• 6 See as well below, section 3 and Gosseries, ‘Euthanasie des mineurs,’ 75 (example involving the use of an age criterion for organ allocation under a fair innings approach where it does not seem to be a proxy). Note that age can fulfil other functions than a proxy one. On its signalling function, consider the fact that some of the prohibitions imposed on younger people (e.g., those related to sexual majority) attract their attention to the risks involved in doing certain things before a certain age. Thanks to M. Matravers for this.

    • 7 See, e.g., Frederick Schauer, Profiles, Probabilities and Stereotypes (Cambridge, MA/London: Harvard University Press, 2006), esp. Chapter 4 on age.

    • 8 Ibid., 122.

    • 9 For further developments: Gosseries, ‘La discrimination par l’âge en assurance à la lumière du droit européen du travail’ and ‘Euthanasie des mineurs.’ Besides removing an age limit, one may replace it with a specific age-triggered test. On age-triggered tests vs. age-triggered exclusion: Schauer, Profiles, Probabilities and Stereotypes, 128. On the risk associated with having different tests and procedures for different age groups in the case of euthanasia: Gosseries, ‘Euthanasie des mineurs,’ 80.

    • 10 Recall here the 14 December 1995 opinion of Advocate General Tesauro under the first ECJ transgender case (P v. S and Cornwall County Council, C-13/94, April 30, 1996) referring to the ‘Adam and Eve’ approach, more than ten years before the Lindörfer case:
      ‘I shall start by calling to mind the proposition, which has ever stronger support in medical and scientific circles, that it is necessary to go beyond the traditional classification and recognize that, in addition to the man/woman dichotomy, there is a range of characteristics, behaviour and roles shared by men and women, so that sex itself ought rather to be thought of as a continuum. From that point of view, it is clear that it would not be right to continue to treat as unlawful solely acts of discrimination on grounds of sex which are referable to men and women in the traditional sense of those terms, while refusing to protect those who are also treated unfavourably precisely because of their sex and/or sexual identity.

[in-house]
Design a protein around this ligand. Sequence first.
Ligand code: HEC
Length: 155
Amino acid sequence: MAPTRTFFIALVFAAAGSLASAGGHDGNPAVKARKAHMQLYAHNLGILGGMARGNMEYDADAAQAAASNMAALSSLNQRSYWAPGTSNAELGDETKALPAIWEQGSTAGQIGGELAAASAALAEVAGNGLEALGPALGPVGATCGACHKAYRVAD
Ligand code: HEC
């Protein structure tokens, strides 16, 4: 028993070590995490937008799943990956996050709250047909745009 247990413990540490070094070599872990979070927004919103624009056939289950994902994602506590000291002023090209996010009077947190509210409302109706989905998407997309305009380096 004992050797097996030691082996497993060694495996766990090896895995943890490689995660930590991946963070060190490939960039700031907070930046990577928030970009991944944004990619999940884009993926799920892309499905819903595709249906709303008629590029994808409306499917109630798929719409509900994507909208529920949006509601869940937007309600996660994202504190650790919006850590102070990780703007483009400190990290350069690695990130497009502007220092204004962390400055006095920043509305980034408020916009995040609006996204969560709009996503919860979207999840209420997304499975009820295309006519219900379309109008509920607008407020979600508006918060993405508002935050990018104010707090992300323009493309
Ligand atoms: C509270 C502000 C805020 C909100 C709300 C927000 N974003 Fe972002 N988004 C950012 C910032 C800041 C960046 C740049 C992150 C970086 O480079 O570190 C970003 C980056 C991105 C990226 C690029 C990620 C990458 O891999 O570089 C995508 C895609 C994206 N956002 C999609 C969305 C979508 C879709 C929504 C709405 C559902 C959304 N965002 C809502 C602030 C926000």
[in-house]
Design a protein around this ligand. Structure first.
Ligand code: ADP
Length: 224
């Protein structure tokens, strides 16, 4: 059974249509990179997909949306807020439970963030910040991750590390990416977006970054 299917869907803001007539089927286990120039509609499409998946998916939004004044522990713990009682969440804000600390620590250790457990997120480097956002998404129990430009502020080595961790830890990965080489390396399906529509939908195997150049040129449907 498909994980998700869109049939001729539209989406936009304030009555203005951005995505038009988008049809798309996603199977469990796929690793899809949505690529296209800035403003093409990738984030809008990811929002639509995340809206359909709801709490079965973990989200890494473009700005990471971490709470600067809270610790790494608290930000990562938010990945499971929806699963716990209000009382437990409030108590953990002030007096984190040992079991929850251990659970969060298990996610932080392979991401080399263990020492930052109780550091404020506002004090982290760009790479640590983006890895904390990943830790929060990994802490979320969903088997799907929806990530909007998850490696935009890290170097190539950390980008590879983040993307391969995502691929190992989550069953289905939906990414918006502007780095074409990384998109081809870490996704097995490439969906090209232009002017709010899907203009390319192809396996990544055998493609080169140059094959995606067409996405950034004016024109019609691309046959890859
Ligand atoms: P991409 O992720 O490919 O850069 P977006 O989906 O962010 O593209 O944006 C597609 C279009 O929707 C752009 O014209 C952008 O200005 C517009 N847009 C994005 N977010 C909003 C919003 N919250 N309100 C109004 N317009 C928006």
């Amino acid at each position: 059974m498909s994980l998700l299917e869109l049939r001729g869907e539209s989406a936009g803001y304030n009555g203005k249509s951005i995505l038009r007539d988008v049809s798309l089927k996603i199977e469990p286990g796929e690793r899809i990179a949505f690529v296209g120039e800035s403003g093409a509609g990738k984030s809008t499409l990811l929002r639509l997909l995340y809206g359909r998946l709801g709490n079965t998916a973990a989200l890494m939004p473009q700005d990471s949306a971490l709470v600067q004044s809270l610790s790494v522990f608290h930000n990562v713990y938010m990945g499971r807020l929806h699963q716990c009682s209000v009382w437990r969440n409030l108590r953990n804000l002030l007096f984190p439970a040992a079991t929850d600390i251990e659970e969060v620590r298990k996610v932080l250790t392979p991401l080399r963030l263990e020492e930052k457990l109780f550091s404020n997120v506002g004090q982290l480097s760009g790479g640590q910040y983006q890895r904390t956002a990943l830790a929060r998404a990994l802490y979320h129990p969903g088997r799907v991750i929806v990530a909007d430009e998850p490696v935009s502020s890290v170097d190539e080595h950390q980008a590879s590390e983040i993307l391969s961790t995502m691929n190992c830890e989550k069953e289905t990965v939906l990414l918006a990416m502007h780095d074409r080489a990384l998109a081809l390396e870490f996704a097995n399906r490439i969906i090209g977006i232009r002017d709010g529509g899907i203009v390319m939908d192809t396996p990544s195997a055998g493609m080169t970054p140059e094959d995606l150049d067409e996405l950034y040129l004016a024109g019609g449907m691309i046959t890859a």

The argument just put forward, attractive as it is, requires a redefinition of sex which merits deeper consideration in more appropriate circles; consequently, this is not the path that I propose that the Court should follow. I fully realize that from time immemorial a person’s sex has merely been ascertained, without need of the law to define it. The law dislikes ambiguities and it is certainly simpler to think in terms of Adam and Eve. (…)’ (§ 17, my italics).

    • 11 While distinct, the two issues are of course not totally independent. Precision can only be a virtue if we gain precision in predicting something, which requires a strong correlation between age and the passage of time and between the passage of time on the target variables.

    • 12 Thanks to D. Desmette on this.

    • 13 For a more detailed analysis, including a look at Directive 2000/78/EC, at some French and Belgian cases: Gosseries, ‘La discrimination par l’âge en assurance à la lumière du droit européen du travail,’ § 11-21.

    • 14 See, however, the discussion on the age-experience link in Hennigs & Mai (2011, C-297/10 & C-298/10). See as well Thomas Hess, ‘Memory and Aging in Context,’ Psychological Bulletin 131 (2005): 383-406; Thomas Ng & David Feldman, ‘The Relationship of Age to Ten Dimensions of Job Performance,’ Journal of Applied Psychology 93 (2008): 392-423.